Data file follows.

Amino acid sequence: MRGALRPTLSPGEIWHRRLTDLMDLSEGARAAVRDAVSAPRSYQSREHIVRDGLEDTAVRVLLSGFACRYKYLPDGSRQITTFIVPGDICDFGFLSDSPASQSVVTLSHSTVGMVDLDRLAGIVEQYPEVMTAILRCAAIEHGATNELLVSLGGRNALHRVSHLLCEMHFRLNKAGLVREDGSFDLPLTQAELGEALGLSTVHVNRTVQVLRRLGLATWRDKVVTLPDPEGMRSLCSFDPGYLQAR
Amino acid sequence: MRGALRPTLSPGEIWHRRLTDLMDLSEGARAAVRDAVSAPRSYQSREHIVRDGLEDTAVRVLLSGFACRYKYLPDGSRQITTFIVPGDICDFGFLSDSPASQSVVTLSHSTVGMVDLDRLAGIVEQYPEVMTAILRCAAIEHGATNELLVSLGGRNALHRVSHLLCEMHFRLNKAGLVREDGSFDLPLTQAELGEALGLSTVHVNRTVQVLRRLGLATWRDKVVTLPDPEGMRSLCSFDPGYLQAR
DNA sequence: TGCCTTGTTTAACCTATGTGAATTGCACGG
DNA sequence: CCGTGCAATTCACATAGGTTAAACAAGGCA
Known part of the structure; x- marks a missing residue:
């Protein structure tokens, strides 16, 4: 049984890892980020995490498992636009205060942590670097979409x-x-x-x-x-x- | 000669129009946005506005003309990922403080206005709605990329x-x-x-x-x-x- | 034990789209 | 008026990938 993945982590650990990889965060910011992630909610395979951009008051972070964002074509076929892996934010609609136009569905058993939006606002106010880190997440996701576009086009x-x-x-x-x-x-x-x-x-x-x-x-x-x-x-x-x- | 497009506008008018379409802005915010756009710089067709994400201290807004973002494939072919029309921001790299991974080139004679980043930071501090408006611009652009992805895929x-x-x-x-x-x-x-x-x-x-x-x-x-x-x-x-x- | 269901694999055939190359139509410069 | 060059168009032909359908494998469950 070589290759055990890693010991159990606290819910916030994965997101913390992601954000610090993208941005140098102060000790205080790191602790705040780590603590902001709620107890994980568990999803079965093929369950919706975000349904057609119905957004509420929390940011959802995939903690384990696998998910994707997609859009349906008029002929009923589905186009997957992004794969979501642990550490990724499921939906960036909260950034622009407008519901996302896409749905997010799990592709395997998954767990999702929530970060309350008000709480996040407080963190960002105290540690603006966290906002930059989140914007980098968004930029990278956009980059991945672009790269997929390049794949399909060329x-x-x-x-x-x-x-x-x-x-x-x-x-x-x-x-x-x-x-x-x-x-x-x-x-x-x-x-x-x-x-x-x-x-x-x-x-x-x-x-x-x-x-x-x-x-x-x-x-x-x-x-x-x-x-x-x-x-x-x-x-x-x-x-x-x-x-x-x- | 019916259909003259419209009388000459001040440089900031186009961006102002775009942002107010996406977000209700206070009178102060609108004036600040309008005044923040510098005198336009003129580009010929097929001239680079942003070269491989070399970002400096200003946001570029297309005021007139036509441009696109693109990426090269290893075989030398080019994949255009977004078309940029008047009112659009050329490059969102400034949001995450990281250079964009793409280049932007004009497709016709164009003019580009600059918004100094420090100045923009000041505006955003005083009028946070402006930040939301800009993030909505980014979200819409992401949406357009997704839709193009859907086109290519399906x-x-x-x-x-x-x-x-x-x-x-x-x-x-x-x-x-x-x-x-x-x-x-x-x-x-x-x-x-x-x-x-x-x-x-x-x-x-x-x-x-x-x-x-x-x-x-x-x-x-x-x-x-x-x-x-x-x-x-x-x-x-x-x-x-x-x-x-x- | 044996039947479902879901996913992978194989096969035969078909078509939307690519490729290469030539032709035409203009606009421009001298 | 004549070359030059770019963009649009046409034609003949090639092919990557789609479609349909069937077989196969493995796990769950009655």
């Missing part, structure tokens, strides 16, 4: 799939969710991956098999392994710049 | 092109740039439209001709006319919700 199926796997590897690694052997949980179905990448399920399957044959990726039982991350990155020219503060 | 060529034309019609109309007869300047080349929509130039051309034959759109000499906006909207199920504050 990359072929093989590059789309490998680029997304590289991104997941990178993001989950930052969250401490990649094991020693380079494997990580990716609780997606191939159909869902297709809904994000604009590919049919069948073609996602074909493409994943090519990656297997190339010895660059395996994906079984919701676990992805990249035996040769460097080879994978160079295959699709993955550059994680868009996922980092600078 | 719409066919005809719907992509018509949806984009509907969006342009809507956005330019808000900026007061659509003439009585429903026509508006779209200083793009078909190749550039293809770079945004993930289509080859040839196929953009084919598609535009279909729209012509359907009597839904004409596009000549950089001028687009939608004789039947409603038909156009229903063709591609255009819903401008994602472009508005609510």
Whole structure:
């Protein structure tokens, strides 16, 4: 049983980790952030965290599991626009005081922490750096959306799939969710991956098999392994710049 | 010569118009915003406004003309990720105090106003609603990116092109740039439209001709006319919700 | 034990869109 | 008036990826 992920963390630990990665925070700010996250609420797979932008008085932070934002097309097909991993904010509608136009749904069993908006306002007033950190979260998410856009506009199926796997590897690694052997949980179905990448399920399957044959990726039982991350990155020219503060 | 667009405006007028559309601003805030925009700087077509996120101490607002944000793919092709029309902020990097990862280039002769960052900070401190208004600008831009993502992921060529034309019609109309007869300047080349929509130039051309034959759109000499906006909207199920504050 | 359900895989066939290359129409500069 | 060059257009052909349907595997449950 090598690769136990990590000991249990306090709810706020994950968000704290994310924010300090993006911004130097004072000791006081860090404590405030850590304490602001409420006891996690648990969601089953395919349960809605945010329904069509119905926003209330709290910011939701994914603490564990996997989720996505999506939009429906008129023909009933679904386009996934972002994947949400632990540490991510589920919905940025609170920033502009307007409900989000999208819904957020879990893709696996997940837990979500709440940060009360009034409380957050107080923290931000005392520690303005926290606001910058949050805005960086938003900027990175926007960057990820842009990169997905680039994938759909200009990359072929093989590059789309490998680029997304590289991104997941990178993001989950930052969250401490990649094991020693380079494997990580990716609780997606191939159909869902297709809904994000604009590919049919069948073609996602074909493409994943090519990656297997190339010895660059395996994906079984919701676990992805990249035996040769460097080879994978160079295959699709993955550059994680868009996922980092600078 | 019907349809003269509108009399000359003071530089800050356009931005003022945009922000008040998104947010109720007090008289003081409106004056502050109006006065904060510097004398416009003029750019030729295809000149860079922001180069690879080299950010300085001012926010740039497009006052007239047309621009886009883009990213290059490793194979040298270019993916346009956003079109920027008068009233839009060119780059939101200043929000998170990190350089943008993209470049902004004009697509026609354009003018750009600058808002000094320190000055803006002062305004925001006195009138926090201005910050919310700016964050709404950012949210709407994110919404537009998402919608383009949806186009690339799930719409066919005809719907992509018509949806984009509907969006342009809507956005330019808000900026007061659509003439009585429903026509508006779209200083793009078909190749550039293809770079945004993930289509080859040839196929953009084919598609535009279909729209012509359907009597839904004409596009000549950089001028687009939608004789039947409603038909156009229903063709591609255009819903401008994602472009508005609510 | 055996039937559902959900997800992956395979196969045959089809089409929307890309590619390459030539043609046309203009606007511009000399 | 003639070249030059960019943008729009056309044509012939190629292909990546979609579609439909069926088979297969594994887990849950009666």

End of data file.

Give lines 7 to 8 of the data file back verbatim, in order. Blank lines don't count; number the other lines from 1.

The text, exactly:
């Missing part, structure tokens, strides 16, 4: 799939969710991956098999392994710049 | 092109740039439209001709006319919700 199926796997590897690694052997949980179905990448399920399957044959990726039982991350990155020219503060 | 060529034309019609109309007869300047080349929509130039051309034959759109000499906006909207199920504050 990359072929093989590059789309490998680029997304590289991104997941990178993001989950930052969250401490990649094991020693380079494997990580990716609780997606191939159909869902297709809904994000604009590919049919069948073609996602074909493409994943090519990656297997190339010895660059395996994906079984919701676990992805990249035996040769460097080879994978160079295959699709993955550059994680868009996922980092600078 | 719409066919005809719907992509018509949806984009509907969006342009809507956005330019808000900026007061659509003439009585429903026509508006779209200083793009078909190749550039293809770079945004993930289509080859040839196929953009084919598609535009279909729209012509359907009597839904004409596009000549950089001028687009939608004789039947409603038909156009229903063709591609255009819903401008994602472009508005609510």
Whole structure: